Dan Graham’s 1967 magazine article ‘Homes for America’ mapped out a domestic reality increasingly defined by corporate entities, while also predicting future dwellings further managed by multinational bodies. Graham espoused a dom-esticity prefabricated to suit your desires, a new age when residential spaces could be delimited in a series of ‘permutational possibilities’. Choose your exterior and interior colours, your façade, your ‘model’ of choice (The Serenade, The Ballet, among others), and you arrived at a perfectly suited, though hardly unique, home. Lacking anything like Graham’s appropriated industry-speak (or the pre-Power Point aesthetic of his related slide show), Dike Blair’s most recent exhibition was strictly interested in the surfaces of the corporate domestic. Blair gets to his subject through a balance of emotive referents. Where Graham named systematic plans, Blair resorts to materiality, employing objects and images that invoke the preordained, synthetic aspects of banal residences.
Four paintings (all Untitled, 2005) of a sliding glass door, depicting a view from an interior looking onto a blank exterior, and four paintings of flowers – two of poppies, two of hydrangeas – were hung casually on either side of Blair’s distinctive sculpture (to want to, 2005), a work that illuminates Blair’s indexical knowledge of industrially manufactured trimmings for contemporary corporate and domestic interiors. This compound object sprawled from a long, low-hung light-box out onto the floor via two rows of square green and pink carpet samples. Each of these fields ended in a short, square plinth concealing a fluorescent light. A rubber mat (a carpet runner) unfurled outward from the plinth to the left and folded back onto itself after a few feet, its underside revealing a written code – ‘4 29 04’ – like a mysterious date of birth. The light-box hid artificial light behind grey, blank rectangles, an inertness offset by the exclamatory photographic punctuation marks at either end of the object: tulips, photographed at day and night respectively. With its barren feeling of fluorescence illuminating mass-fabricated flooring, the sculpture is suggestive of bland, quotidian interiors. The title reads as a phrase of motivational speaking, perhaps the slogan of a brand whose signage will fill that blank commercial box of light.
The sterility of Blair's sculpture is calming, as if you have been transported to a place of central air-conditioned realities reverberating with water-cooler murmurs. A mysterious space is created between the object on the floor and the images on the wall. Engaging these related elements is the appeal of Blair’s art; they always work together but never wholly make sense, and this seems part of the artist’s abstract strategy (literally an abstract, offering a primer on possible vernacular experiences). Blair’s gouaches were painted from snapshots taken by the artist at his home in upstate New York. Paired images of a sliding glass door each captured the upper left corner of a windowpane, a wedge of the out-of-doors darkened by night and an interior thrown into deep shadow. Opposite these hung two quite similar images, although this time the exterior disappeared behind glass made opaque and reflective by a richly lit, white interior. These gouaches (pictures of picture windows) suggest a sense of binary perception, a perhaps misleading feeling of enclosure. Even Blair’s near Photorealistic renderings of poppies and hydrangeas impart aspects of the domestic that cannot escape, nor survive without, containment.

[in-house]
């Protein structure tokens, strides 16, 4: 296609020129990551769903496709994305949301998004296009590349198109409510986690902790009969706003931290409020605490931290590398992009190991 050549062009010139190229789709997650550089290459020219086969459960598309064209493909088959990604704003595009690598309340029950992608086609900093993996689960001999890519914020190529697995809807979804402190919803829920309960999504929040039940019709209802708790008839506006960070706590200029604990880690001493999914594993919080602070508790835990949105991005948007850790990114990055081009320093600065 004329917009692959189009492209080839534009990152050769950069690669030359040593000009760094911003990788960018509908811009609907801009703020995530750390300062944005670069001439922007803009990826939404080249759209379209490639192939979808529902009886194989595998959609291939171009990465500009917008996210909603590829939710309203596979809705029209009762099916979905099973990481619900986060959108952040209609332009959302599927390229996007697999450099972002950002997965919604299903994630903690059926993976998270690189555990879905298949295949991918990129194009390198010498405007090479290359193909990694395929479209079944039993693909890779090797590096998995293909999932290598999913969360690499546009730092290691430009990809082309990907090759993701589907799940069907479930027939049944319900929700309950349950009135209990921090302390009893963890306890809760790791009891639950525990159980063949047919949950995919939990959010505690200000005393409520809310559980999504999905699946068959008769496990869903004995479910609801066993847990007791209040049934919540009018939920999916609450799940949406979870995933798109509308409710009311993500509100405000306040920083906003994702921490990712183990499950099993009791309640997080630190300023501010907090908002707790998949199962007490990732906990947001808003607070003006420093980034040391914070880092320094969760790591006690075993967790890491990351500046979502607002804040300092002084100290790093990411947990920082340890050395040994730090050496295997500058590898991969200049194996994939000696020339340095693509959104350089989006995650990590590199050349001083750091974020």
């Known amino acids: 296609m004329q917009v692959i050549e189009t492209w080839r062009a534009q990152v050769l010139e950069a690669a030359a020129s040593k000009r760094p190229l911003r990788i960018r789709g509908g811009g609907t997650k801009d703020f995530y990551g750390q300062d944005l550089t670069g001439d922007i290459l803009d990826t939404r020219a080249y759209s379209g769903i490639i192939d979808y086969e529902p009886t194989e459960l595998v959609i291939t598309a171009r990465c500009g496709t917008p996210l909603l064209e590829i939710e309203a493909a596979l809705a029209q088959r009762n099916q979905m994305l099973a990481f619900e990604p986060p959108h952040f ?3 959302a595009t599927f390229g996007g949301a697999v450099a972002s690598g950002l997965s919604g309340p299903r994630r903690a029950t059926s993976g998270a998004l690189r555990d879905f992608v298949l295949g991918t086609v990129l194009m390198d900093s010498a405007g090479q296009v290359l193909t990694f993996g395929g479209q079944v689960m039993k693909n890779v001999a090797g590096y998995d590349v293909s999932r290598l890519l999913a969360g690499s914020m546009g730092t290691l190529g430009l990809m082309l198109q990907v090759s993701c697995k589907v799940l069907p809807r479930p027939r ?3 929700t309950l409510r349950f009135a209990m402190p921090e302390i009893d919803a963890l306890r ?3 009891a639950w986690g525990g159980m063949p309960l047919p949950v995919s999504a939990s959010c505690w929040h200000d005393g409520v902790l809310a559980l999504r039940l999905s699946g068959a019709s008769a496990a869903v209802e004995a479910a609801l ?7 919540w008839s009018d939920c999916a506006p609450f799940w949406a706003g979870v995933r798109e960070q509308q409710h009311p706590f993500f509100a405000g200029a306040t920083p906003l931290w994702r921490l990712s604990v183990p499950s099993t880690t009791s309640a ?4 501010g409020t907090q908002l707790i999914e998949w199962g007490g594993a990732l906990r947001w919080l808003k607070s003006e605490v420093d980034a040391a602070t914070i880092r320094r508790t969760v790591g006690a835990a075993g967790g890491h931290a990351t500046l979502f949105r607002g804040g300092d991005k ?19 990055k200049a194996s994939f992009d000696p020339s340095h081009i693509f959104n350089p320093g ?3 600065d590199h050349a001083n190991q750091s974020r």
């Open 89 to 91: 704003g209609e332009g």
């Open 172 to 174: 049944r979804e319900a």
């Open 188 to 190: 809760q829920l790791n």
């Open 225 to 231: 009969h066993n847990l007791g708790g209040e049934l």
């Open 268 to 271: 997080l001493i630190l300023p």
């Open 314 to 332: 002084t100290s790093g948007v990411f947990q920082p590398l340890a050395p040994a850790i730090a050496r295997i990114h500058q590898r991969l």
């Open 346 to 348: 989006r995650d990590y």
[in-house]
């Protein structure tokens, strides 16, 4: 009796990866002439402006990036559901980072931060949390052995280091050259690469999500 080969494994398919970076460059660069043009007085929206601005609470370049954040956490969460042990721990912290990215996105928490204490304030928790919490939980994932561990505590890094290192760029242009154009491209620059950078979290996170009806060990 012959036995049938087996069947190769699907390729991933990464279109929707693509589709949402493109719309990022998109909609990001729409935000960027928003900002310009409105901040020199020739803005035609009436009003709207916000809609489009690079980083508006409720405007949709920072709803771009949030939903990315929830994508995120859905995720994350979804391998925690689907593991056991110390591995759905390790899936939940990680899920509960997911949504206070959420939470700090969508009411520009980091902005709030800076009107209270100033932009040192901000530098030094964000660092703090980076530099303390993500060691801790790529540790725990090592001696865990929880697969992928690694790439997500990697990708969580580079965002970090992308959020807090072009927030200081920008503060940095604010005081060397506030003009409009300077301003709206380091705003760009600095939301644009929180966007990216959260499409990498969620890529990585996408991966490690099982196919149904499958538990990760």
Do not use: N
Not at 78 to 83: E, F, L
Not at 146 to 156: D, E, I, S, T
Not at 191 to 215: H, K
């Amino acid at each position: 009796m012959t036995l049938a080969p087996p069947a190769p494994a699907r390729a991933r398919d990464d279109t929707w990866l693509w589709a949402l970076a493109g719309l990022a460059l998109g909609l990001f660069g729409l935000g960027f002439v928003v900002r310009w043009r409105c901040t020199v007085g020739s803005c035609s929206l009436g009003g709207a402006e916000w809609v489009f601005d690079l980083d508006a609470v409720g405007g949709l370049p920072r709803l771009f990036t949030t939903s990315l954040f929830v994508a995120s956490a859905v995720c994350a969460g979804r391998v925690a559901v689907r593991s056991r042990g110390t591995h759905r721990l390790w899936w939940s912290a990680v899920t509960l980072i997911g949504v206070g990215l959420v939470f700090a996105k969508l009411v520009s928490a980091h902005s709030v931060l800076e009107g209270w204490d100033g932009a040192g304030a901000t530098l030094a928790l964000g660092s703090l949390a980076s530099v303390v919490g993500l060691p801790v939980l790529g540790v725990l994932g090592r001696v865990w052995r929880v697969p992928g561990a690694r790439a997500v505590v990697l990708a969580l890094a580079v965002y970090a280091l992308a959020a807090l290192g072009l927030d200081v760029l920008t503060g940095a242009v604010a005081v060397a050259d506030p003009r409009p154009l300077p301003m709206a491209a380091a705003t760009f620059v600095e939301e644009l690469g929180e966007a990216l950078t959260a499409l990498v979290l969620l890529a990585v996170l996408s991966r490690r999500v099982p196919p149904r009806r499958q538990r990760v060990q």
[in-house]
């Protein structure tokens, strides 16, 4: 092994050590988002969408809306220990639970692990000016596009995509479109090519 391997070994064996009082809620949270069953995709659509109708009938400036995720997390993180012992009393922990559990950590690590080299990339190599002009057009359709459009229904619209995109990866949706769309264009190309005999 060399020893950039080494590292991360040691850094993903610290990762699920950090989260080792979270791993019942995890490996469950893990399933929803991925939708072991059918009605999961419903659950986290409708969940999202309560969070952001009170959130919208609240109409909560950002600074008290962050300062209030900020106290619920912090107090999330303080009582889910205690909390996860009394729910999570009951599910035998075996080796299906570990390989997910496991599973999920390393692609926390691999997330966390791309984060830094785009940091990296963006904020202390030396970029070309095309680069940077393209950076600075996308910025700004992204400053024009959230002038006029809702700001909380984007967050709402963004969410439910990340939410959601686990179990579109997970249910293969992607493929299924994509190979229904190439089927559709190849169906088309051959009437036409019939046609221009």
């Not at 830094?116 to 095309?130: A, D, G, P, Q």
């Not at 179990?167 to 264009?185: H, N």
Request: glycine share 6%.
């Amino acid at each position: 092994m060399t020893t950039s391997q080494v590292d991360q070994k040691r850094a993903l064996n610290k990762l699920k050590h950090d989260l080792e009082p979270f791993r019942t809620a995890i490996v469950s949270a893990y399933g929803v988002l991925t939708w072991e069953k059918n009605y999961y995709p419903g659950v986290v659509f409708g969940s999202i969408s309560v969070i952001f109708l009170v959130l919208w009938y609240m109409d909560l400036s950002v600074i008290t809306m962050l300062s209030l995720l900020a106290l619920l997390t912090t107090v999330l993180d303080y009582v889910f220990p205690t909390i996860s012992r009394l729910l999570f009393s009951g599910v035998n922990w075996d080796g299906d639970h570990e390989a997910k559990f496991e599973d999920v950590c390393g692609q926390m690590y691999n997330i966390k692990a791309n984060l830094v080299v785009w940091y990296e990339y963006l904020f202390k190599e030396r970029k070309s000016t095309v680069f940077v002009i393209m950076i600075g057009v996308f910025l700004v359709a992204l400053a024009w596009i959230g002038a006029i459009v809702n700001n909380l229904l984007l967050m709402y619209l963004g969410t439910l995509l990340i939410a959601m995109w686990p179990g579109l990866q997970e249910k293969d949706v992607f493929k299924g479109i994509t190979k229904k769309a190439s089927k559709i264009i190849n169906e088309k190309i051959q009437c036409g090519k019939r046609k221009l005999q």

Blair is interested in the binding elements of an enclosure (specifically that of domestic space). Seeking accurate affect rather than special effect, the artist approaches his subjects with discreteness. Maintaining control of a work scattering outward, the artist’s sculpture becomes its own container, delivering a sense for the interior that leaves the viewer on the outside. It’s just as well that Blair’s scenes through a glass window never truly invite us inward; there is something else in there already, the ghost of inhabitation itself. This melancholic mood, of home-as-haunt as much as cold, ex-urban boredom, is the strongest impression imparted by this recent work. With his seemingly incidental combinations translating particular stimulations and sensations, Blair allows the modestly forgettable elements of our domestic being to engage with the codes of residential entrapment.